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Tech Companies Shot Down by 'Big Paper'

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Fans of NBC’s (CMCSA) The Office have become well-versed in the struggles facing paper companies in an increasingly digital world. But in its fight to stay relevant, Dunder Mifflin -- and later Dunder Mifflin Sabre -- never resorted to strong-arm tactics against the technology industry. That kind of storyline would be completely implausible, for starters, because paper simply doesn’t have the might.

Well, as we’ve witnessed this week, Big Paper and its fleet of pulp goons should not be underestimated. And if you try to mess with them, make no mistake, you’ll get the shredder.
All Toshiba and Adobe (ADBE) tried to do was raise a little awareness about wasting office supplies. And, sure, gain a little positive PR in the process. Their joint National No-Print Day campaign -- announced among like-minded corporations like Hewlett-Packard (HPQ), AT&T (T), Sprint (S), and Glad (PG) at the Sustainable Brands conference -- would encourage people to abstain from printing for just one day this October.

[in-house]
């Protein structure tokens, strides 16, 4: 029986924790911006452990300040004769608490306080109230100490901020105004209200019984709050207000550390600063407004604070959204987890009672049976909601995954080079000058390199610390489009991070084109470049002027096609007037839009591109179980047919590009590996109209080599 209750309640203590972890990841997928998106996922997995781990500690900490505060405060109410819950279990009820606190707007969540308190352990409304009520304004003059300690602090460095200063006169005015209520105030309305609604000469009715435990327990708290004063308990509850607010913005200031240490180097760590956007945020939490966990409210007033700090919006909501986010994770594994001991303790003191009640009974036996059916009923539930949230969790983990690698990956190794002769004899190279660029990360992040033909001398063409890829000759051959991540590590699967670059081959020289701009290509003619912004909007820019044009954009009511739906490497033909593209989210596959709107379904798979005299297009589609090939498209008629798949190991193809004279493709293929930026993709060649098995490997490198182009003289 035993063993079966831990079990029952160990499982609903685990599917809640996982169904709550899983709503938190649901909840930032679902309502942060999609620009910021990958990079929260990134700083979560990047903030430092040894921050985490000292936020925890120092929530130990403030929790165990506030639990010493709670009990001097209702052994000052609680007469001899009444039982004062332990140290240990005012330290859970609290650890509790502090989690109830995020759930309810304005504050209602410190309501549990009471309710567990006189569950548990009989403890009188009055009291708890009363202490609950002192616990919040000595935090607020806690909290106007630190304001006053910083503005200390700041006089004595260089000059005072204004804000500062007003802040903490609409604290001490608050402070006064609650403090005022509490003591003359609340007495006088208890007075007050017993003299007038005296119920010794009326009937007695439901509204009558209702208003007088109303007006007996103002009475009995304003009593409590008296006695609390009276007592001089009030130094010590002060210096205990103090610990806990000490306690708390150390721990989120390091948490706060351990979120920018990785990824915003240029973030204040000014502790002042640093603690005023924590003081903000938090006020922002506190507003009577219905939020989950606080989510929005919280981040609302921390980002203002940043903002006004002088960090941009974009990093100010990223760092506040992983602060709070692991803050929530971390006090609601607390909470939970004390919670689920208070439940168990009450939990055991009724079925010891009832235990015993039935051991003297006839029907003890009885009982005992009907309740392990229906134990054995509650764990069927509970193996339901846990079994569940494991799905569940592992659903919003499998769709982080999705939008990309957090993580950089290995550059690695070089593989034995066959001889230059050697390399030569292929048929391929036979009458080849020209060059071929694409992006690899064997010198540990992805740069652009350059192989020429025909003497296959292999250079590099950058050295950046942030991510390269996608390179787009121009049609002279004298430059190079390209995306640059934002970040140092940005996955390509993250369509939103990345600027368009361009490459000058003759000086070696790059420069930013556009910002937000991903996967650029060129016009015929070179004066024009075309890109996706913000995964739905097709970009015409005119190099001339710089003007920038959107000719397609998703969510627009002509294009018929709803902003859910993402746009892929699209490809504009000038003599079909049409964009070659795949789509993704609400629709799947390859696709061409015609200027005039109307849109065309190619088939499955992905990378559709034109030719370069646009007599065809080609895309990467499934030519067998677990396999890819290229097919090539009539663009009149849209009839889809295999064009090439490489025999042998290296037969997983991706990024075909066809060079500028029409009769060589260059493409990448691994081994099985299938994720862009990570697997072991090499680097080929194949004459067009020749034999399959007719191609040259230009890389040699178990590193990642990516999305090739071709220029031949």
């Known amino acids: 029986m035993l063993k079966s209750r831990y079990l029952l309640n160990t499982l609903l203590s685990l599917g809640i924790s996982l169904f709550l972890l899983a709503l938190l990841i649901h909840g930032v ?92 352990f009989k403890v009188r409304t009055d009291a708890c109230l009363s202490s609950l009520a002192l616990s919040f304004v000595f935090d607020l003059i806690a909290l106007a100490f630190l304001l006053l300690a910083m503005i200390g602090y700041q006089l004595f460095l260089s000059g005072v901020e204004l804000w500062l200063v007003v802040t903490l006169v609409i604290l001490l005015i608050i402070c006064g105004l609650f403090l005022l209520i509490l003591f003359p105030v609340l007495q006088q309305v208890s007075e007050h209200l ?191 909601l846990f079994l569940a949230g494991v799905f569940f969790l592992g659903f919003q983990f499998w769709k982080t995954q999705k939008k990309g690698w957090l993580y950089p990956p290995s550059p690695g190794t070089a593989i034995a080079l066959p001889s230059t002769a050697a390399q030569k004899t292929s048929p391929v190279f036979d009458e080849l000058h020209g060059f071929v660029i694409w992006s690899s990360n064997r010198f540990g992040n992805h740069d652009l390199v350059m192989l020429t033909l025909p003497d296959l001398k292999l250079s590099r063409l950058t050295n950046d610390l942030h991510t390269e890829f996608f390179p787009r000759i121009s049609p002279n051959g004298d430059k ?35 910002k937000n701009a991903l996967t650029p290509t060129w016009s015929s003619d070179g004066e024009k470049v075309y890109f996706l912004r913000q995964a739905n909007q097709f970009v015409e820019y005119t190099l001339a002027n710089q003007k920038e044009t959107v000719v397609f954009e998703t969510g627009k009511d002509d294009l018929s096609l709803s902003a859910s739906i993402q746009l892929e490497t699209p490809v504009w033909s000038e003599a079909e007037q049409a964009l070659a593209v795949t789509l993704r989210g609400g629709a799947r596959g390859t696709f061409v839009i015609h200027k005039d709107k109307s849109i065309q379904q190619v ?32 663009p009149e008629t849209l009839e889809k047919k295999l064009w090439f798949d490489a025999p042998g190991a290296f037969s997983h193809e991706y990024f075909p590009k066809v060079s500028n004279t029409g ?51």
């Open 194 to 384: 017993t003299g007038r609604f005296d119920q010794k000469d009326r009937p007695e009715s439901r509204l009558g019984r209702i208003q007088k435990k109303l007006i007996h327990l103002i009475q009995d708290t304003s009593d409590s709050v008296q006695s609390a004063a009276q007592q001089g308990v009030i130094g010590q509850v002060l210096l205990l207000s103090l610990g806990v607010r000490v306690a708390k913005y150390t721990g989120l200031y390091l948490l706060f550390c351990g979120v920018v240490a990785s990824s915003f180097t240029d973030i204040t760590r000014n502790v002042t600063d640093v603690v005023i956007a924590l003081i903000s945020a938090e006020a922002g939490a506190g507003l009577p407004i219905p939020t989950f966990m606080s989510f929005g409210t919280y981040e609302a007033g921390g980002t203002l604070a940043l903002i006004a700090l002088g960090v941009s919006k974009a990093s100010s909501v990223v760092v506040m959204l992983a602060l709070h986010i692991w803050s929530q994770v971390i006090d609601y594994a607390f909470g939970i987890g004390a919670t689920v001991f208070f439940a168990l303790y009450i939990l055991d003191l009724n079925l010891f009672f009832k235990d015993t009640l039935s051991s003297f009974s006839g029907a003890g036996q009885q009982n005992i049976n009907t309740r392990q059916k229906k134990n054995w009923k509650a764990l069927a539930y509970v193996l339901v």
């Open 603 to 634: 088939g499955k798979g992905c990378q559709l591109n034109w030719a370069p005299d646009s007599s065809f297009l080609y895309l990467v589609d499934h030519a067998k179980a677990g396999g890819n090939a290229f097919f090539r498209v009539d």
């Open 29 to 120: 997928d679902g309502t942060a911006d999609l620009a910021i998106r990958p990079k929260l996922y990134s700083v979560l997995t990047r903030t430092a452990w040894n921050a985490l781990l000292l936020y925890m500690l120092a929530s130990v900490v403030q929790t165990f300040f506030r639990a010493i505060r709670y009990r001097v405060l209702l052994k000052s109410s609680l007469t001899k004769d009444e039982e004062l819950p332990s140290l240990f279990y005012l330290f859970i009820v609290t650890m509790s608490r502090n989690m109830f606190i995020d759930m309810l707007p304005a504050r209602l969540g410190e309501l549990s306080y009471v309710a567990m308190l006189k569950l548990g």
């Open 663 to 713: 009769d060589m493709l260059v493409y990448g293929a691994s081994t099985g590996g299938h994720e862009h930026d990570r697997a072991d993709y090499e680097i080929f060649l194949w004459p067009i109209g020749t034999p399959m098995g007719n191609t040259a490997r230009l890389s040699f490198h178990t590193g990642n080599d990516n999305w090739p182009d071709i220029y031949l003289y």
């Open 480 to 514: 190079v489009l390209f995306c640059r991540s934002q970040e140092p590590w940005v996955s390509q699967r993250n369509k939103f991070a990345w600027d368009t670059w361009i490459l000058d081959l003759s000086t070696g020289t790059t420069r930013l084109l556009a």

“The primary thing was to raise awareness of the unnecessary or wasted print in the office place, and simple ways that individuals and companies can have significant impact in reducing that waste,” said Bill Melo, vice president of marketing, services, and solutions at Toshiba America Business Solutions.

When it launched, the National No-Print Day website was full of statistics about office workers’ collective paper consumption habits -- like that we misuse 336 million sheets of paper (40,000 trees) on a daily basis -- and featured a video starring a mascot named “Tree” who tried to get his co-worker conifers to take the day off.

Now the site is a big fat page of nothing.

Why? Let’s ask the Paper Mafia.  

“We've had hundreds of hundreds of calls from members from our organization who said they will boycott Toshiba on Oct. 23 and will never buy Toshiba again,” said Michael Makin, president and CEO of Printing Industries of America.

You got that? “Hundreds of hundreds!

Asking people not to needlessly use paper for one single day is “completely ridiculous” Makin argued. “That's like saying, ‘Let's have a No-Eat Day.’”

Right. Or a No-Waste-Food Day.

Toshiba caved to the trade organization’s demands this week and is in talks with them to rewrite the message of the campaign. The company is expected to distribute a press release to that effect shortly.

And it had damn well better be on paper.
POSITION:  No positions in stocks mentioned.